Libertarian Party (United States)

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The Libertarian Party was formed in Colorado Springs in the home of David Nolan on December 11, 1971.[6] The formation was prompted in part by the Vietnam War, conscription, and the end of the Gold Standard.[7] The first Libertarian National Convention was held in June, 1972. In 1978, Dick Randolph of Alaska became the first elected Libertarian state legislator. In 1994, over 40 Libertarians were elected or appointed which was a record for the party at that time. The year 1995 saw a soaring membership and voter registration for the party. In 1996, the Libertarian Party became the first third party to earn ballot status in all 50 states two presidential elections in a row. By the end of 2009, 146 Libertarians are holding elected offices.[6]

Platform

The preamble outlines the party's goal: "As Libertarians, we seek a world of liberty; a world in which all individuals are sovereign over their own lives and no one is forced to sacrifice his or her values for the benefit of others." Its Statement of Principles begins: "We, the members of the Libertarian Party, challenge the cult of the omnipotent state and defend the rights of the individual." The platform emphasizes individual liberty in personal and economic affairs, avoidance of "foreign entanglements" and military and economic intervention in other nations' affairs and free trade and migration. It calls for Constitutional limitations on government as well as the elimination of most state functions. It includes a "Self-determination" section which quotes from the Declaration of Independence and reads: "Whenever any form of government becomes destructive of individual liberty, it is the right of the people to alter or to abolish it, and to agree to such new governance as to them shall seem most likely to protect their liberty." It also includes an "Omissions" section which reads: "Our silence about any other particular government law, regulation, ordinance, directive, edict, control, regulatory agency, activity, or machination should not be construed to imply approval."[4]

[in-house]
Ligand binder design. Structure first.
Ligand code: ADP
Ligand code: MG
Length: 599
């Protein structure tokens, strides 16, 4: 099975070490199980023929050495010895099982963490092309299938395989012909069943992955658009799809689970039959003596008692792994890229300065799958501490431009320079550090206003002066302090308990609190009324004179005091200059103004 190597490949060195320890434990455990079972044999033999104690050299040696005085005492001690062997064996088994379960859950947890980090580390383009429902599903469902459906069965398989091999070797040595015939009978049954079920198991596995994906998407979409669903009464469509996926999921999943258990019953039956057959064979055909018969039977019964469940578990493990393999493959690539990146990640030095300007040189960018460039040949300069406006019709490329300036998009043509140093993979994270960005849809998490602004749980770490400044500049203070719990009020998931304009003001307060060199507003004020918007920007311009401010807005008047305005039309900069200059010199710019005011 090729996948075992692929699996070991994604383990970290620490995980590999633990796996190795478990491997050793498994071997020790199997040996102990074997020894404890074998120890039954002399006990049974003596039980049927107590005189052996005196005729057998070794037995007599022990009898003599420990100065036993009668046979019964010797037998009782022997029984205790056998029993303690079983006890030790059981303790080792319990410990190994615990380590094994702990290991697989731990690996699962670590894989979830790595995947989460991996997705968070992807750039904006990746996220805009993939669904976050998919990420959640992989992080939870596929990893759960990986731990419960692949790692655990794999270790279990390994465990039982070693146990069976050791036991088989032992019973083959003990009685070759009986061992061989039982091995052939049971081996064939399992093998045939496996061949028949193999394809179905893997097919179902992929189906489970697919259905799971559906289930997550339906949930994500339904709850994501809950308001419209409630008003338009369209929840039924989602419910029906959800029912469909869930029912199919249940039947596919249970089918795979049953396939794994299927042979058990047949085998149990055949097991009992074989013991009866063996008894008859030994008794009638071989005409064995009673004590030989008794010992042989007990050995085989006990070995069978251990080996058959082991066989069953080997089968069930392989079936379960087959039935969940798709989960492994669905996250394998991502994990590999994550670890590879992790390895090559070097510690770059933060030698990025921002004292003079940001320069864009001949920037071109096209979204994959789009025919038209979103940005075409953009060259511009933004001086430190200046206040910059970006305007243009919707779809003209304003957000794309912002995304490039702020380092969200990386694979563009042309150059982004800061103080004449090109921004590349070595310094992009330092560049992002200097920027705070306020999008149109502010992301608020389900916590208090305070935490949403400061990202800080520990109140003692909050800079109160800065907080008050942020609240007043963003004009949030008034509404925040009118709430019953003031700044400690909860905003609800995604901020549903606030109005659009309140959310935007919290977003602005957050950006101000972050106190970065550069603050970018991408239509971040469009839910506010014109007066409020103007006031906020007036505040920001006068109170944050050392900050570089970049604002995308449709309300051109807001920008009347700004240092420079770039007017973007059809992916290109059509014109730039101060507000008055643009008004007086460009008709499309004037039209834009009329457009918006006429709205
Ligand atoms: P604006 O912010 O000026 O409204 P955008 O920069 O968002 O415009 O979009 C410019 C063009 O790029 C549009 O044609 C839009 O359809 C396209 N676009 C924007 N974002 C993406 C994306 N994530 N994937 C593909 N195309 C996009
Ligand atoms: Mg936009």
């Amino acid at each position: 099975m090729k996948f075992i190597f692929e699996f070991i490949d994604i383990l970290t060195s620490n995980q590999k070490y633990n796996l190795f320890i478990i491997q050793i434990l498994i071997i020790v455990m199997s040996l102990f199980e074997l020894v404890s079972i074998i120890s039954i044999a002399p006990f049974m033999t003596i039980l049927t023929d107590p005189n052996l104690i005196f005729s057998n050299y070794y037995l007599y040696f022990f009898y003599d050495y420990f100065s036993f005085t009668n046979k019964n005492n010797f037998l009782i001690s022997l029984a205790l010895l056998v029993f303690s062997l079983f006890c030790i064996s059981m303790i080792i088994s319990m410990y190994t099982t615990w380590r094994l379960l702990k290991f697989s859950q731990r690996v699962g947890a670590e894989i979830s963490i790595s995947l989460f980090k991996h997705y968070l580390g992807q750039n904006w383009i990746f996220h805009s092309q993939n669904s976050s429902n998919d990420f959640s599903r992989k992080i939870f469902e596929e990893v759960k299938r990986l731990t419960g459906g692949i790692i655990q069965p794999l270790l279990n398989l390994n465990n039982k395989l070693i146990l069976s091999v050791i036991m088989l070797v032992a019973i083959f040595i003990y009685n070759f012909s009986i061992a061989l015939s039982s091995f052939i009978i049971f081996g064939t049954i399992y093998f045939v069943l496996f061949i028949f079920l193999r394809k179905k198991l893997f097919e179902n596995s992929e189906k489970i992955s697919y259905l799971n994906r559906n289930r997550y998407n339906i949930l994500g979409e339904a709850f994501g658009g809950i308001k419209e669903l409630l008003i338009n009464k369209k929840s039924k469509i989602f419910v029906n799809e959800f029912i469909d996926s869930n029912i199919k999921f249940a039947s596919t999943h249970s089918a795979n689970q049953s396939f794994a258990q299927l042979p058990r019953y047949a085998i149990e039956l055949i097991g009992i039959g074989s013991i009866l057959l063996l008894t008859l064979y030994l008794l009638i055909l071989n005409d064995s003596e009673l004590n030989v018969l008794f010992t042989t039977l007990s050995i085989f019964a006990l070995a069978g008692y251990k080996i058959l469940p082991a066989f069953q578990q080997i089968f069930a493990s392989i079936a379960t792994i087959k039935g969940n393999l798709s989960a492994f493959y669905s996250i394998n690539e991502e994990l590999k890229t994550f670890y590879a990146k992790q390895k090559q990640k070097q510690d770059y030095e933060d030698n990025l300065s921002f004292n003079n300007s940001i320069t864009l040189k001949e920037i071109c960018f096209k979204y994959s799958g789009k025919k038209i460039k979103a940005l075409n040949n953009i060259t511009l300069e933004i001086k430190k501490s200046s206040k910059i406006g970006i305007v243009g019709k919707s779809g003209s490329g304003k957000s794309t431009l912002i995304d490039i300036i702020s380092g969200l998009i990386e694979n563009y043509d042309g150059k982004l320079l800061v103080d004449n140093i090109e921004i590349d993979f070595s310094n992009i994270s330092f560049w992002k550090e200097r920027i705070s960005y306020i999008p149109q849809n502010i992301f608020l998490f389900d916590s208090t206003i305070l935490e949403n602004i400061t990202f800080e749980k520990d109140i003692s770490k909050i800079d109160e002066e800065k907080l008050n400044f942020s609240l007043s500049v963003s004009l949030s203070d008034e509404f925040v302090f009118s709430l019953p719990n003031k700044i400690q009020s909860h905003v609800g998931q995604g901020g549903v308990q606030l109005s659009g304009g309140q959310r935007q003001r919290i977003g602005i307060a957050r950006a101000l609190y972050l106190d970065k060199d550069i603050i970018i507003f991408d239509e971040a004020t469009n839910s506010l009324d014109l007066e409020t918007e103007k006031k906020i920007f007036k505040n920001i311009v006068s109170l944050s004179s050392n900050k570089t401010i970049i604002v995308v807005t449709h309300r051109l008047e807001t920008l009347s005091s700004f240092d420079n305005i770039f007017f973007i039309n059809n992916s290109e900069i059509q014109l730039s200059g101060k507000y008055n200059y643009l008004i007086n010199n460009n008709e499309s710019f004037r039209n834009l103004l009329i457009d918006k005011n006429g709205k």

Current structure and composition

The Libertarian National Committee (LNC) is responsible for promoting Libertarian campaign activities. While the LNC is responsible for overseeing the process of writing the Libertarian Platform, the LNC is more focused on campaign and organizational strategy than public policy. In presidential elections, it supervises the Libertarian National Convention. The 17-member Libertarian National Committee[8] (currently chaired by Mark Hinkle) is responsible for overseeing day-to-day operations of the Libertarian Party and its headquarters, in representative style.

The Libertarian National Congressional Committee (LNCC) was created by the LNC for the purpose of raising funds to elect Libertarians to the United States Congress. It is modeled after the Democratic and Republican equivalents, the Democratic Congressional Campaign Committee and the National Republican Congressional Committee. Wayne Allyn Root is chair of the LNCC.[9]

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